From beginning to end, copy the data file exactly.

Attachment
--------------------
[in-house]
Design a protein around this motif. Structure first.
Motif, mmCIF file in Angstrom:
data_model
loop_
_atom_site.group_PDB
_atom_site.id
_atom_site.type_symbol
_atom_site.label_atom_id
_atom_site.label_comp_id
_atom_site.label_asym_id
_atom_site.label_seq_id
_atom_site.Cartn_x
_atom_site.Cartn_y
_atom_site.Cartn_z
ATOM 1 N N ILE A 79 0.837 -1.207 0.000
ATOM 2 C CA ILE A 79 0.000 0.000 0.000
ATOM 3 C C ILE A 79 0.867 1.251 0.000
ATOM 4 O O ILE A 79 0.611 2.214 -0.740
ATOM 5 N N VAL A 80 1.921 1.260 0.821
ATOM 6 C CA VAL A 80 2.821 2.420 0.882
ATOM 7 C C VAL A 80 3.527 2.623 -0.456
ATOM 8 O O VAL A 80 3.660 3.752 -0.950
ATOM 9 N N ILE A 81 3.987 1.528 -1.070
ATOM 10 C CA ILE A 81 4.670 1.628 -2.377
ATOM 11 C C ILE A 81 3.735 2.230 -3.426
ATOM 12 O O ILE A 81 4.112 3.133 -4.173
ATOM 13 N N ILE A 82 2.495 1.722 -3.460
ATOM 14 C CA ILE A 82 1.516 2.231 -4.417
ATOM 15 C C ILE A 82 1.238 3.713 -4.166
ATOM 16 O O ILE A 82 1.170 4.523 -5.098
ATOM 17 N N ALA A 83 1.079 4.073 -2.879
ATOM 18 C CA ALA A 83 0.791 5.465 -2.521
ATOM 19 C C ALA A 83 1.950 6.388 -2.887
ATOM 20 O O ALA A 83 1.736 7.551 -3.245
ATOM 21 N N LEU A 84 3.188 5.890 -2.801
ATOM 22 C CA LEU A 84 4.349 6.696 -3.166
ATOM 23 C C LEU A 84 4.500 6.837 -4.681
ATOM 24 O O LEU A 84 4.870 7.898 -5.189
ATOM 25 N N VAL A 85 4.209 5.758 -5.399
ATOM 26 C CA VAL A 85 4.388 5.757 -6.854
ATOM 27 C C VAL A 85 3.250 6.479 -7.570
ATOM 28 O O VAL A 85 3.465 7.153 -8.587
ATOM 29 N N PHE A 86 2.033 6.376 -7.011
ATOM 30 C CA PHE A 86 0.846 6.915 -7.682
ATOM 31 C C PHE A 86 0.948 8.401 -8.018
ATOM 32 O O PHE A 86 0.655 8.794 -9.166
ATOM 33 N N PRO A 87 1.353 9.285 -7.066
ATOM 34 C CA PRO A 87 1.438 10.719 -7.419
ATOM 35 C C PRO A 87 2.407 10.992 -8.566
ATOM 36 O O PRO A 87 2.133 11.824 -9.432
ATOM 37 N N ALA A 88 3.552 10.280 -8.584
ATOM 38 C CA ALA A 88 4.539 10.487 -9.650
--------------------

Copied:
[in-house]
Design a protein around this motif. Structure first.
Motif, mmCIF file in Angstrom:
data_model
loop_
_atom_site.group_PDB
_atom_site.id
_atom_site.type_symbol
_atom_site.label_atom_id
_atom_site.label_comp_id
_atom_site.label_asym_id
_atom_site.label_seq_id
_atom_site.Cartn_x
_atom_site.Cartn_y
_atom_site.Cartn_z
ATOM 1 N N ILE A 79 0.837 -1.207 0.000
ATOM 2 C CA ILE A 79 0.000 0.000 0.000
ATOM 3 C C ILE A 79 0.867 1.251 0.000
ATOM 4 O O ILE A 79 0.611 2.214 -0.740
ATOM 5 N N VAL A 80 1.921 1.260 0.821
ATOM 6 C CA VAL A 80 2.821 2.420 0.882
ATOM 7 C C VAL A 80 3.527 2.623 -0.456
ATOM 8 O O VAL A 80 3.660 3.752 -0.950
ATOM 9 N N ILE A 81 3.987 1.528 -1.070
ATOM 10 C CA ILE A 81 4.670 1.628 -2.377
ATOM 11 C C ILE A 81 3.735 2.230 -3.426
ATOM 12 O O ILE A 81 4.112 3.133 -4.173
ATOM 13 N N ILE A 82 2.495 1.722 -3.460
ATOM 14 C CA ILE A 82 1.516 2.231 -4.417
ATOM 15 C C ILE A 82 1.238 3.713 -4.166
ATOM 16 O O ILE A 82 1.170 4.523 -5.098
ATOM 17 N N ALA A 83 1.079 4.073 -2.879
ATOM 18 C CA ALA A 83 0.791 5.465 -2.521
ATOM 19 C C ALA A 83 1.950 6.388 -2.887
ATOM 20 O O ALA A 83 1.736 7.551 -3.245
ATOM 21 N N LEU A 84 3.188 5.890 -2.801
ATOM 22 C CA LEU A 84 4.349 6.696 -3.166
ATOM 23 C C LEU A 84 4.500 6.837 -4.681
ATOM 24 O O LEU A 84 4.870 7.898 -5.189
ATOM 25 N N VAL A 85 4.209 5.758 -5.399
ATOM 26 C CA VAL A 85 4.388 5.757 -6.854
ATOM 27 C C VAL A 85 3.250 6.479 -7.570
ATOM 28 O O VAL A 85 3.465 7.153 -8.587
ATOM 29 N N PHE A 86 2.033 6.376 -7.011
ATOM 30 C CA PHE A 86 0.846 6.915 -7.682
ATOM 31 C C PHE A 86 0.948 8.401 -8.018
ATOM 32 O O PHE A 86 0.655 8.794 -9.166
ATOM 33 N N PRO A 87 1.353 9.285 -7.066
ATOM 34 C CA PRO A 87 1.438 10.719 -7.419
ATOM 35 C C PRO A 87 2.407 10.992 -8.566
ATOM 36 O O PRO A 87 2.133 11.824 -9.432
ATOM 37 N N ALA A 88 3.552 10.280 -8.584
ATOM 38 C CA ALA A 88 4.539 10.487 -9.650